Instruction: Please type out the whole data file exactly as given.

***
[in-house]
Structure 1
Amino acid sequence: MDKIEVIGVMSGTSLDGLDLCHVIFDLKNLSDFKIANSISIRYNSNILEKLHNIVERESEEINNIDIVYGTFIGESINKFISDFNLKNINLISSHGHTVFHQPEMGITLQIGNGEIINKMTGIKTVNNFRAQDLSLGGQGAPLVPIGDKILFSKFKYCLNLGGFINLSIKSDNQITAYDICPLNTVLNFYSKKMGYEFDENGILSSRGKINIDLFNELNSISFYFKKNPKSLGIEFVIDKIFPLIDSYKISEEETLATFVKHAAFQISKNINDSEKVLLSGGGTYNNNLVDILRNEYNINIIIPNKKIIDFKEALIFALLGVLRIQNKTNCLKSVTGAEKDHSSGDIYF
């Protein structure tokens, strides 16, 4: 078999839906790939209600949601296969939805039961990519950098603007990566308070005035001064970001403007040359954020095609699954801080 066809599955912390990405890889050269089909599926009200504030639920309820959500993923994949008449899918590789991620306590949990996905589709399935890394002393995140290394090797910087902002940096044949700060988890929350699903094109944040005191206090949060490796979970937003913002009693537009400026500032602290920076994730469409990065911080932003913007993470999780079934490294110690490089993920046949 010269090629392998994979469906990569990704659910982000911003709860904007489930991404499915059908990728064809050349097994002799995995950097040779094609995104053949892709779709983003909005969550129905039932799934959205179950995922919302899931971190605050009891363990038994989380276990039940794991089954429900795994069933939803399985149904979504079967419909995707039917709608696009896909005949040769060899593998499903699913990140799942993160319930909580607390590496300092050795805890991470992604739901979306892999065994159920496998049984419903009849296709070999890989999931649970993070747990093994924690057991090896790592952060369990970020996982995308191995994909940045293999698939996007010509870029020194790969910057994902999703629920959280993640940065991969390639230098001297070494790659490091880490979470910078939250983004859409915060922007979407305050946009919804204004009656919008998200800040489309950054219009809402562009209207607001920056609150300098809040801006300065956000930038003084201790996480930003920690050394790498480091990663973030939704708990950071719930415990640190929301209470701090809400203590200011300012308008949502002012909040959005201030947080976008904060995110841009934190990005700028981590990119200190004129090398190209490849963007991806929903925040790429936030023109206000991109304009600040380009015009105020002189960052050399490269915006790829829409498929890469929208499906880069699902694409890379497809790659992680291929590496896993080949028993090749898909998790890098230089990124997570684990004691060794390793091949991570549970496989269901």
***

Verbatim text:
[in-house]
Structure 1
Amino acid sequence: MDKIEVIGVMSGTSLDGLDLCHVIFDLKNLSDFKIANSISIRYNSNILEKLHNIVERESEEINNIDIVYGTFIGESINKFISDFNLKNINLISSHGHTVFHQPEMGITLQIGNGEIINKMTGIKTVNNFRAQDLSLGGQGAPLVPIGDKILFSKFKYCLNLGGFINLSIKSDNQITAYDICPLNTVLNFYSKKMGYEFDENGILSSRGKINIDLFNELNSISFYFKKNPKSLGIEFVIDKIFPLIDSYKISEEETLATFVKHAAFQISKNINDSEKVLLSGGGTYNNNLVDILRNEYNINIIIPNKKIIDFKEALIFALLGVLRIQNKTNCLKSVTGAEKDHSSGDIYF
């Protein structure tokens, strides 16, 4: 078999839906790939209600949601296969939805039961990519950098603007990566308070005035001064970001403007040359954020095609699954801080 066809599955912390990405890889050269089909599926009200504030639920309820959500993923994949008449899918590789991620306590949990996905589709399935890394002393995140290394090797910087902002940096044949700060988890929350699903094109944040005191206090949060490796979970937003913002009693537009400026500032602290920076994730469409990065911080932003913007993470999780079934490294110690490089993920046949 010269090629392998994979469906990569990704659910982000911003709860904007489930991404499915059908990728064809050349097994002799995995950097040779094609995104053949892709779709983003909005969550129905039932799934959205179950995922919302899931971190605050009891363990038994989380276990039940794991089954429900795994069933939803399985149904979504079967419909995707039917709608696009896909005949040769060899593998499903699913990140799942993160319930909580607390590496300092050795805890991470992604739901979306892999065994159920496998049984419903009849296709070999890989999931649970993070747990093994924690057991090896790592952060369990970020996982995308191995994909940045293999698939996007010509870029020194790969910057994902999703629920959280993640940065991969390639230098001297070494790659490091880490979470910078939250983004859409915060922007979407305050946009919804204004009656919008998200800040489309950054219009809402562009209207607001920056609150300098809040801006300065956000930038003084201790996480930003920690050394790498480091990663973030939704708990950071719930415990640190929301209470701090809400203590200011300012308008949502002012909040959005201030947080976008904060995110841009934190990005700028981590990119200190004129090398190209490849963007991806929903925040790429936030023109206000991109304009600040380009015009105020002189960052050399490269915006790829829409498929890469929208499906880069699902694409890379497809790659992680291929590496896993080949028993090749898909998790890098230089990124997570684990004691060794390793091949991570549970496989269901």